FIN 11 , Email Campaign on the go

FIN11, a financially-motivated hacker group, has been launching successful hybrid extortion attacks across the Commonwealth of Independent States (CIS) countries. It is believed that the FIN11 operators have changed their TTPs to include a diverse set of sectors and geographic regions.

Hybrid extortion attacks

Recently, the group has switched from large-scale phishing campaigns to ransomware attacks.

  • FIN 11 has shifted its primary monetization method to ransomware deployment, along with data theft, to pressurize their victims into accepting the extortion demands.
  • The report has connected the FIN11 group with several dropper families such as SPOONBEARD, FORKBEARD, and MINEDOOR to drop a variety of associated payloads ( AndroMut, AZORult, CLOP, FlawedAmmyy, FRIENDSPEAK, Meterpreter, MIXLABEL) to target its victims.

FIN11 & TA505 Collaboration

The researchers given a variation between FIN11 and TA505 despite the significant overlap in tactics, techniques, and malware used by both hacker groups. It indicates that some earlier attacks attributed to TA505 were actually undertaken by FIN11. It is suspected that FIN11 is a smaller portion of the bigger TA505 umbrella family.

Attack strategy

The FIN11 group had lured its targets into downloading a malicious Microsoft Office attachment to start an infection chain. The chain creates multiple backdoors into compromised systems, with the capability to grab admin credentials and move laterally across networks.

Recent FIN11 lightson

The group has incorporated additional delivery techniques that are switched over almost on a monthly basis, while also continuing to use techniques from prior campaigns.

  • FIN11 had implemented new evasion techniques to selectively choose which victims (mostly Germany-based) were redirected to domains that delivered malicious Office files.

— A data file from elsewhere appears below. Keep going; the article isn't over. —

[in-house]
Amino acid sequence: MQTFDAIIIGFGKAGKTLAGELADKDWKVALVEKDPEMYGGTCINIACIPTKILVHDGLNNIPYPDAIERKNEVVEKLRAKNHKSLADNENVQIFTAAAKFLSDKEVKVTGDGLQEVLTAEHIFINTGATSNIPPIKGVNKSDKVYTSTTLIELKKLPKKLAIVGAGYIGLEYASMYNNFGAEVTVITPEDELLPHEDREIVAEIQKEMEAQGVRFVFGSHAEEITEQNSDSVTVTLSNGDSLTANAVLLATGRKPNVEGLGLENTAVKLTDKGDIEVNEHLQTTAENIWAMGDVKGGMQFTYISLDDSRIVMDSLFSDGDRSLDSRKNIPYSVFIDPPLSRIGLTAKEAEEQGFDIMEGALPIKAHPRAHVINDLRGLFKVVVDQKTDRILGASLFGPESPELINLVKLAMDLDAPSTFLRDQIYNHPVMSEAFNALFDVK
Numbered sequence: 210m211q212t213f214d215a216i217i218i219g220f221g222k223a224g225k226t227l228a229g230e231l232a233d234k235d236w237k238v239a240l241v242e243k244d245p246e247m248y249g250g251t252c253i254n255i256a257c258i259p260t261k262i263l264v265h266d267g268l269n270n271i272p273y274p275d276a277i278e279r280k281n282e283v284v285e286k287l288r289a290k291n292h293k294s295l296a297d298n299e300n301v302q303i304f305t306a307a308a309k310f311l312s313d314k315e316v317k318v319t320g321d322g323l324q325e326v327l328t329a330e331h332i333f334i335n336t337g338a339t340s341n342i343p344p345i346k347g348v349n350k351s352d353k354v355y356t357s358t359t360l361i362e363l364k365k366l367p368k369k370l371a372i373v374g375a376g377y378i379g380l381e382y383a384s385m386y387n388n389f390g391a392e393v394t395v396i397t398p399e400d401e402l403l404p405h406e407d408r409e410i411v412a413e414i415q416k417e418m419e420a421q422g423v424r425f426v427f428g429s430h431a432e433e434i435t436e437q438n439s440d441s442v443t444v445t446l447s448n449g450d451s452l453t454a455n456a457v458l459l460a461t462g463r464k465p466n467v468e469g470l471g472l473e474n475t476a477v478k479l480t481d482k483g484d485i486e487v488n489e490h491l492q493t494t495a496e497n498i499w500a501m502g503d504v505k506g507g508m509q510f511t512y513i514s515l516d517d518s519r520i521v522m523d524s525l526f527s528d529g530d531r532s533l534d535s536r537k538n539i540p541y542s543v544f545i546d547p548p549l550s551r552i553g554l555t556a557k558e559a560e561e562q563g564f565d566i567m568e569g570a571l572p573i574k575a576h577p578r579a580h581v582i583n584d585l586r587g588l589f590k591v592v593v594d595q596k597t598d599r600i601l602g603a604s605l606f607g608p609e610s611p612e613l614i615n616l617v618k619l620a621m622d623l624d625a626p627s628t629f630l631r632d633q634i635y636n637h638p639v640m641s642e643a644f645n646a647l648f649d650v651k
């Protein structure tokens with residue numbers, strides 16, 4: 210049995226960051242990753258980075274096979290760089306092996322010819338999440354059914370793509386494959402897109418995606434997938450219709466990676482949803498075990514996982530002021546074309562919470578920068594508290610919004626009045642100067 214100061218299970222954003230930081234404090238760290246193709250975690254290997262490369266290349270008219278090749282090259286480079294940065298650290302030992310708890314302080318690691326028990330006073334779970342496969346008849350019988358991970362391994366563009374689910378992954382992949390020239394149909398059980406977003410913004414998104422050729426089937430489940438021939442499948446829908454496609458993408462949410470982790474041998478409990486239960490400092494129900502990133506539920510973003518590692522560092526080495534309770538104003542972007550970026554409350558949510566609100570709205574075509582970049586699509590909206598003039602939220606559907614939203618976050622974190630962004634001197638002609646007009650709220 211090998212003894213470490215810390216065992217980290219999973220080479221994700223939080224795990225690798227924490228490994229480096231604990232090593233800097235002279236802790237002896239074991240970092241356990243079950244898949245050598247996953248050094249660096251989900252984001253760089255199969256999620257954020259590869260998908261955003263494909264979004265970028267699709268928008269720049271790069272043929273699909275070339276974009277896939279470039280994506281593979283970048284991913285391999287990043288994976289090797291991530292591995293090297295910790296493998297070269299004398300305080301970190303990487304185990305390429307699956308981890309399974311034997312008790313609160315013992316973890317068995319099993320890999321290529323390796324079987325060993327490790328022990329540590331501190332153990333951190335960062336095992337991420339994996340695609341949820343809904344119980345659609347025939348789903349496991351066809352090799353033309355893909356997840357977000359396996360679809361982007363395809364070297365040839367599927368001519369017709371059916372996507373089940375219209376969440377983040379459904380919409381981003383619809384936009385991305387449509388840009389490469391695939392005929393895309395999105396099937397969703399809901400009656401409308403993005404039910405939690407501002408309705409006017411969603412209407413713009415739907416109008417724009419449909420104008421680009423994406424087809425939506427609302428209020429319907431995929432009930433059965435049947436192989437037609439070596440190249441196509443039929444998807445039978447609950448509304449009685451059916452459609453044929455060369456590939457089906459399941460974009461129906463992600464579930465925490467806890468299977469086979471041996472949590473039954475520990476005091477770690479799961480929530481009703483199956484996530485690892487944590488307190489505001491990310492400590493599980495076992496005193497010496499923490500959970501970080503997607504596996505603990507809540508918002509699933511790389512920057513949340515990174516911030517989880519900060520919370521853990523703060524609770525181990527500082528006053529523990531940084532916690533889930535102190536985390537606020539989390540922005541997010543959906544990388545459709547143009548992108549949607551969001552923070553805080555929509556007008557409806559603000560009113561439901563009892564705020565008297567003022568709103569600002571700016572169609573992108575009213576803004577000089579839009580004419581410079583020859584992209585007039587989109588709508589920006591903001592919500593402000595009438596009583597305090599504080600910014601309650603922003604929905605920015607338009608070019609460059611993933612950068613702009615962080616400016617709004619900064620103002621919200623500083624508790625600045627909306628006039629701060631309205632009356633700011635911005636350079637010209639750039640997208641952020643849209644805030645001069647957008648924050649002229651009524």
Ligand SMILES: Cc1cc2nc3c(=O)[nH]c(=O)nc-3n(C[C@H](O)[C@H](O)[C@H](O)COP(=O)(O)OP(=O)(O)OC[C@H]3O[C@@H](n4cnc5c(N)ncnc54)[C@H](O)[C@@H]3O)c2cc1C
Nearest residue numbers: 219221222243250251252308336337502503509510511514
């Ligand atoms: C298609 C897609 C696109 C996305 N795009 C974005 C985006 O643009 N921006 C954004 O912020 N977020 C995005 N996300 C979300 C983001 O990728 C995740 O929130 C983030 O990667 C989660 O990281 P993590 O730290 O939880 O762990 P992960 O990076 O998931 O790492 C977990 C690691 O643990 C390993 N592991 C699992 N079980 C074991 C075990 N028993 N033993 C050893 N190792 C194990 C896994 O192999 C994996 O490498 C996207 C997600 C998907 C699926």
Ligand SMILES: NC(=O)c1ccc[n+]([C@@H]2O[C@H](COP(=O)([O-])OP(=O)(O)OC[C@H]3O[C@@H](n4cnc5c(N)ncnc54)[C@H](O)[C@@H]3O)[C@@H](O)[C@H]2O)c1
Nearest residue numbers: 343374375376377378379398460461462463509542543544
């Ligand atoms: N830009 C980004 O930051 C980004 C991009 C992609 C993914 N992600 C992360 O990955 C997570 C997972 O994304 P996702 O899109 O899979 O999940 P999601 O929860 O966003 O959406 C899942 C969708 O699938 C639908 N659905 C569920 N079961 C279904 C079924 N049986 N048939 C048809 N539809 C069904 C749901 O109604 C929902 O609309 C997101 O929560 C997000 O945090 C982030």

• The threat actor continued to modify its delivery tactics during Q3 2020; the changes were relatively minor as the victims had to complete a CAPTCHA challenge before being served an Excel spreadsheet with malicious macro code.

Concluding notes

The tactics adopted by FIN11, including data-theft and extortion, aimed at increasing the pressure on victims suggest that its motivations are emblematic and exclusively financial. FIN11 is expected to continue launching hybrid extortion attacks for more effectiveness and financial

Ransom Gangs with Network Sellers collaboration. Deadly combođź‘ą

Accenture Cyber Threat Intelligence team outlined a trend of collaboration between network access sellers and ransomware gangs. Several cybercriminals are increasingly offering initial network access to already-compromised companies used by Ransomware gangs

Deadly deals

Researchers have warned that hackers are seen selling credentials for RDP connections, Citrix, and Pulse Secure VPN clients to ransomware groups such as Avaddon, Exorcist, Lockbit, Maze, NetWalker, and Sodinokibi.

  • Ransomware operators get direct access to corporate and government networks. Thus, they can concentrate on establishing persistence and moving laterally.
  • The network-access sellers have been observed using attack vectors such as remote working tools, zero-day exploits, or malware such as Cerberus Trojan to attempt corporate network access in the future.
  • The network access credentials are usually offered between $300 and $10,000, depending on the size and revenue of the victim.

The destructive relationship

Accenture has tracked more than 25 persistent network access sellers, as well as the occasional one-off seller, with more entering every week.

  • In August, four actors were seen utilizing the source code of Cerberus Trojan to gain corporate and government network access credentials, which they sold to other cybercrime groups for a handsome profit.
  • In July, the threat actor Frankknox aborted a sale of a self-developed Zero-day targeting a well-known brand of a mail server and began exploiting the vulnerability to gain corporate network access to multiple victims. Until September, Frankknox has advertised access to 36 corporations for between $2,000 and $20,000, of which at least 11 they claim to have sold.